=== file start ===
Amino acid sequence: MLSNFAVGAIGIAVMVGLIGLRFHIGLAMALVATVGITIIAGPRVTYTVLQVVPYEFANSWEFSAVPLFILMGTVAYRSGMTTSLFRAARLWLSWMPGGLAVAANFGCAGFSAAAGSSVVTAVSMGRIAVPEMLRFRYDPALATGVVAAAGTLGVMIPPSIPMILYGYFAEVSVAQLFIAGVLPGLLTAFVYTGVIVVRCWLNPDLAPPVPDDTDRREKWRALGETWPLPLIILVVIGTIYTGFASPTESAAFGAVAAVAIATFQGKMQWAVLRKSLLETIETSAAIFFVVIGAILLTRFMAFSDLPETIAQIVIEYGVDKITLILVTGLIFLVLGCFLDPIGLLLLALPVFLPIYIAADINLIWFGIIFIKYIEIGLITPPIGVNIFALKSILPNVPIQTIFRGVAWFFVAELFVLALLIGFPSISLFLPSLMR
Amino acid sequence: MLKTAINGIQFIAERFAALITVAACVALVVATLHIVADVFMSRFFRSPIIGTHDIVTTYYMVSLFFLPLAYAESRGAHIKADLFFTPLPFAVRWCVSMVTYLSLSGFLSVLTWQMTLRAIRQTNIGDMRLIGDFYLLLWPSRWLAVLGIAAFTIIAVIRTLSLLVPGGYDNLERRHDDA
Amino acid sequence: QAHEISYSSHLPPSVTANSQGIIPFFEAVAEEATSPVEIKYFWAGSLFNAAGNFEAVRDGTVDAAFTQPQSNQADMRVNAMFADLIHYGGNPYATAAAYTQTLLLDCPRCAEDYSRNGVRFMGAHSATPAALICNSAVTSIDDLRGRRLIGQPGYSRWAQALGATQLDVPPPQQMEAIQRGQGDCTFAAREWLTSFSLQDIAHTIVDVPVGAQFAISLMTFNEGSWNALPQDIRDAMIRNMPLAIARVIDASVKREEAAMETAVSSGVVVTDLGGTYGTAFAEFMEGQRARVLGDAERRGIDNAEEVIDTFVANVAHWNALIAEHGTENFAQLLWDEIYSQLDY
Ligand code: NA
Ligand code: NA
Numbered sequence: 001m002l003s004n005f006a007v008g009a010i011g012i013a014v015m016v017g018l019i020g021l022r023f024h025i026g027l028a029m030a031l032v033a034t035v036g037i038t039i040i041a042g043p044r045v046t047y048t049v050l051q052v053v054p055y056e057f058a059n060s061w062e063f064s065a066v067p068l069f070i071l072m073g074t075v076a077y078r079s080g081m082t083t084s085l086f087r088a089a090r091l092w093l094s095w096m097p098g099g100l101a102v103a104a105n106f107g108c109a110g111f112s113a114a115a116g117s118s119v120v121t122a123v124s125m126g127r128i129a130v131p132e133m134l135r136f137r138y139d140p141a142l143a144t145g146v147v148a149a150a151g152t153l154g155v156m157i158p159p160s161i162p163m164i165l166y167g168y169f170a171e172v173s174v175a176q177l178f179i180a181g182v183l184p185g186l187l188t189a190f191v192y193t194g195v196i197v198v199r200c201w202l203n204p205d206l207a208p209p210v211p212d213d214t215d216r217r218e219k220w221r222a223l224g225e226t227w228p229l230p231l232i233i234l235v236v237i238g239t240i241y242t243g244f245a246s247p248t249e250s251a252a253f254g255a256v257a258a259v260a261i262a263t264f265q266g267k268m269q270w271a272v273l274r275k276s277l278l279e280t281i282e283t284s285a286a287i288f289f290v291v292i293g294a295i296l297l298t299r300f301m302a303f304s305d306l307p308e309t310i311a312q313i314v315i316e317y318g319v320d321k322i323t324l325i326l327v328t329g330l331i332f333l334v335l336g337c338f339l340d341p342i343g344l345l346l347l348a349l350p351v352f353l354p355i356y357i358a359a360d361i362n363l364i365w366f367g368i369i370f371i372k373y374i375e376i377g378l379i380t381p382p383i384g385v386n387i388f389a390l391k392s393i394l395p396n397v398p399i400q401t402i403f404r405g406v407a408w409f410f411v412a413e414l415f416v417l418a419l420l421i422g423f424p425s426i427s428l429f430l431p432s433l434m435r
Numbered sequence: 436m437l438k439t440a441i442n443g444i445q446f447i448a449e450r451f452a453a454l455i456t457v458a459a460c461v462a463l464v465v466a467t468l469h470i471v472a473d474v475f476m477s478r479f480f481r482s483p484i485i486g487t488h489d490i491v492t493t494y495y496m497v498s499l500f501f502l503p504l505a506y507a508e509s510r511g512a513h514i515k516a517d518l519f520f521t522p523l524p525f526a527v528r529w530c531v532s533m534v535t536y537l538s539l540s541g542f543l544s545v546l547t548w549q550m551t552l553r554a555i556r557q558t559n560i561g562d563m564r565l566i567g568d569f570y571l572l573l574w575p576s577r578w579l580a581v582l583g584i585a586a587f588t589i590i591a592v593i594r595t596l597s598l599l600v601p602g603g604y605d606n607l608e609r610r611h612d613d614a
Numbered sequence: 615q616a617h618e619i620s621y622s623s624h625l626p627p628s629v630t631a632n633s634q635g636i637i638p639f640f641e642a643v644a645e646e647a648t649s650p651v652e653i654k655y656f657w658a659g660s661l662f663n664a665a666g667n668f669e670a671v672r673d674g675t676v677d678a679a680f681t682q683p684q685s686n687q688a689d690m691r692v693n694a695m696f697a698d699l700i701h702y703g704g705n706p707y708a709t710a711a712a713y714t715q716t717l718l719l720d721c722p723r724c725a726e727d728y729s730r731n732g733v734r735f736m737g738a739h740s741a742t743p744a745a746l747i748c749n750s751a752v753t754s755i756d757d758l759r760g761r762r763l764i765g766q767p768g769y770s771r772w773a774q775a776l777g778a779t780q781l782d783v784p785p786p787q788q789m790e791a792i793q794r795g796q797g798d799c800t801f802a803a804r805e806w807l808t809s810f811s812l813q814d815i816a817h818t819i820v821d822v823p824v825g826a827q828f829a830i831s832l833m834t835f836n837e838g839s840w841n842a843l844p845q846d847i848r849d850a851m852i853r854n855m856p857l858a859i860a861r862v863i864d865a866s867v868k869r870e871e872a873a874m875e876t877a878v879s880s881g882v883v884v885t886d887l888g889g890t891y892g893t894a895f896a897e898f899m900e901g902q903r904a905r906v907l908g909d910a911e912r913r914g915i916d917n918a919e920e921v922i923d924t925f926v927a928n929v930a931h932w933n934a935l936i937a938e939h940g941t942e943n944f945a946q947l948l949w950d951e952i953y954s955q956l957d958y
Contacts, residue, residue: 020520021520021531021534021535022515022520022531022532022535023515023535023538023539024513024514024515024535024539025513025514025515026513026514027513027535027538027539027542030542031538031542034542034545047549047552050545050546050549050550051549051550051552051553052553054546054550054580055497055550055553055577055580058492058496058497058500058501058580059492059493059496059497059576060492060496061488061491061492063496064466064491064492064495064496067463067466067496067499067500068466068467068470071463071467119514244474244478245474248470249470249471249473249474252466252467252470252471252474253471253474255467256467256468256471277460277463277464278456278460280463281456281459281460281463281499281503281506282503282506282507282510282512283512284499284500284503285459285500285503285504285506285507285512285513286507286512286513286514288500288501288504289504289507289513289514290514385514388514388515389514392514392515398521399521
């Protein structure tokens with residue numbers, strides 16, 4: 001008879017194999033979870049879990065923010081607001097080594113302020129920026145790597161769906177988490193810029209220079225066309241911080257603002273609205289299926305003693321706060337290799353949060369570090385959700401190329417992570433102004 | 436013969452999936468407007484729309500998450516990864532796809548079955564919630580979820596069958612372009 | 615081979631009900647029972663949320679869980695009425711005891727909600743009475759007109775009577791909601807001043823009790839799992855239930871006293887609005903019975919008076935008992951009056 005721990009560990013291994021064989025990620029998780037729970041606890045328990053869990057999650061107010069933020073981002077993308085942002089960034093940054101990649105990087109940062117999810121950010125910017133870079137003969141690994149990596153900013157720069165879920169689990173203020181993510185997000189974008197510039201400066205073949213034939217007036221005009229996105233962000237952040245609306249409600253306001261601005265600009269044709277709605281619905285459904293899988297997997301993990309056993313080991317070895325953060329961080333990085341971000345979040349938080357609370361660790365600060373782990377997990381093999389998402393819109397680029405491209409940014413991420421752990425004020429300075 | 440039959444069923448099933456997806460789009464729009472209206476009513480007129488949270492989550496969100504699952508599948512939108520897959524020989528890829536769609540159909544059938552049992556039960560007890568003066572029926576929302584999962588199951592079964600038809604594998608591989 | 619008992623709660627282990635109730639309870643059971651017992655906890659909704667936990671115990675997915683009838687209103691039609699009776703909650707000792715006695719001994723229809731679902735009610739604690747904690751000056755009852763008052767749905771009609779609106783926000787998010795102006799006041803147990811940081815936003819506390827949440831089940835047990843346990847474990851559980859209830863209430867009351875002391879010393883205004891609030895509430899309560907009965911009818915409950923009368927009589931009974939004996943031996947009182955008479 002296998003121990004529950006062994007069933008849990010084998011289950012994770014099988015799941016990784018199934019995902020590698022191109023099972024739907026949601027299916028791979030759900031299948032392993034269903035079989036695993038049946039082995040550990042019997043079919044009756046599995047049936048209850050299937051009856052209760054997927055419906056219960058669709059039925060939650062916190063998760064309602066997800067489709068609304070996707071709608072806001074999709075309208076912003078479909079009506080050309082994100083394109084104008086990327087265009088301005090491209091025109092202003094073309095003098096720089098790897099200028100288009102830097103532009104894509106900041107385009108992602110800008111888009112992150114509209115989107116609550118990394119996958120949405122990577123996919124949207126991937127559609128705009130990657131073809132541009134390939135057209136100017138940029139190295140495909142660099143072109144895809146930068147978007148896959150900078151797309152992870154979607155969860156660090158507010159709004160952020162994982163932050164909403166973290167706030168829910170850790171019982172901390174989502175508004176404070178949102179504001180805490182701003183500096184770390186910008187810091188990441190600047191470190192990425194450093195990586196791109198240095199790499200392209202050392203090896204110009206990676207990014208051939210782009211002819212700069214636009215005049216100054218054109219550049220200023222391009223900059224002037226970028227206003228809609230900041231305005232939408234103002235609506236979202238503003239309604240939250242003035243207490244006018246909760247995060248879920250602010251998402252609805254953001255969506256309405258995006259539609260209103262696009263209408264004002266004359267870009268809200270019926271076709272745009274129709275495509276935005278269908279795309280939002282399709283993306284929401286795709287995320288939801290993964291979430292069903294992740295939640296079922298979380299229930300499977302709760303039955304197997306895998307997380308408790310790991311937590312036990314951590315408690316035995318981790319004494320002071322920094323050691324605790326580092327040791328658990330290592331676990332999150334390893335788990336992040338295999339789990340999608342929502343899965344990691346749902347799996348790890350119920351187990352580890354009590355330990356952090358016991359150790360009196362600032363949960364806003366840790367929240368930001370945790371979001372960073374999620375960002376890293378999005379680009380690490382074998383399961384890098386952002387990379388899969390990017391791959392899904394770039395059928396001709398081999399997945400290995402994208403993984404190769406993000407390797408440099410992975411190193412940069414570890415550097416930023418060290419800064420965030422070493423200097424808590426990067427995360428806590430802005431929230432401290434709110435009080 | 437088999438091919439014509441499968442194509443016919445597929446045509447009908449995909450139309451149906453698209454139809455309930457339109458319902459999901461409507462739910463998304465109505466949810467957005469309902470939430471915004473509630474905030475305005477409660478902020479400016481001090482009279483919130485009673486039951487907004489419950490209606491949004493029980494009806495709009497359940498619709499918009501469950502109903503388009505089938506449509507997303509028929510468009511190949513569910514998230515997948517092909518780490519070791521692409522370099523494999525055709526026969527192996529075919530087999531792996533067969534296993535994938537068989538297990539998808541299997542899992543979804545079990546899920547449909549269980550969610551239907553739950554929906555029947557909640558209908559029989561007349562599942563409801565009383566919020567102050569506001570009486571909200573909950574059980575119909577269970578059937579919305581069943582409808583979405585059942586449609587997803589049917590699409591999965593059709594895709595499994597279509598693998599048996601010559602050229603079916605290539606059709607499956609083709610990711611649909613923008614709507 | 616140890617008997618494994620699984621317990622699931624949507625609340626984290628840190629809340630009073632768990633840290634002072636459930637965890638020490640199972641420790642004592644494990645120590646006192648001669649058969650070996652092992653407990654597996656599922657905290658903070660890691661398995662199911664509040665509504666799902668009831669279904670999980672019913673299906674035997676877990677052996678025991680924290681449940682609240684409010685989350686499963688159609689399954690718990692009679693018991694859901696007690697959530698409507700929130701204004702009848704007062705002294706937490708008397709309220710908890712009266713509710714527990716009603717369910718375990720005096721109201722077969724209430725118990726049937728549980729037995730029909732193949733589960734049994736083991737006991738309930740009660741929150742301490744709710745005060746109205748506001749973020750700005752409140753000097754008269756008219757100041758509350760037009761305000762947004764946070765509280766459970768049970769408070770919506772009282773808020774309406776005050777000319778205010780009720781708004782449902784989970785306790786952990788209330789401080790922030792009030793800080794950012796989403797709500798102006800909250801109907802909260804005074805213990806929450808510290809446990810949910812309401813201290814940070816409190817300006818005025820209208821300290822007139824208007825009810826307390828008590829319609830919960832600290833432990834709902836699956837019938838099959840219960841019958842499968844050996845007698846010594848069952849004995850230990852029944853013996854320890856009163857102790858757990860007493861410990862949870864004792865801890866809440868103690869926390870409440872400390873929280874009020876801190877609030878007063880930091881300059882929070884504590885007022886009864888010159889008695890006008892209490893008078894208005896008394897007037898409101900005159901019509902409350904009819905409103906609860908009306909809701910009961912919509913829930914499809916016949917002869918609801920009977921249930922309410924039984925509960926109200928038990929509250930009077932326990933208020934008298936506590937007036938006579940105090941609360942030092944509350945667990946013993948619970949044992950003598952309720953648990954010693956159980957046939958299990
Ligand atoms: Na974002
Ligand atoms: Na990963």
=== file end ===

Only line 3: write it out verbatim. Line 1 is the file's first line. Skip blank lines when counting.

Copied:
Amino acid sequence: QAHEISYSSHLPPSVTANSQGIIPFFEAVAEEATSPVEIKYFWAGSLFNAAGNFEAVRDGTVDAAFTQPQSNQADMRVNAMFADLIHYGGNPYATAAAYTQTLLLDCPRCAEDYSRNGVRFMGAHSATPAALICNSAVTSIDDLRGRRLIGQPGYSRWAQALGATQLDVPPPQQMEAIQRGQGDCTFAAREWLTSFSLQDIAHTIVDVPVGAQFAISLMTFNEGSWNALPQDIRDAMIRNMPLAIARVIDASVKREEAAMETAVSSGVVVTDLGGTYGTAFAEFMEGQRARVLGDAERRGIDNAEEVIDTFVANVAHWNALIAEHGTENFAQLLWDEIYSQLDY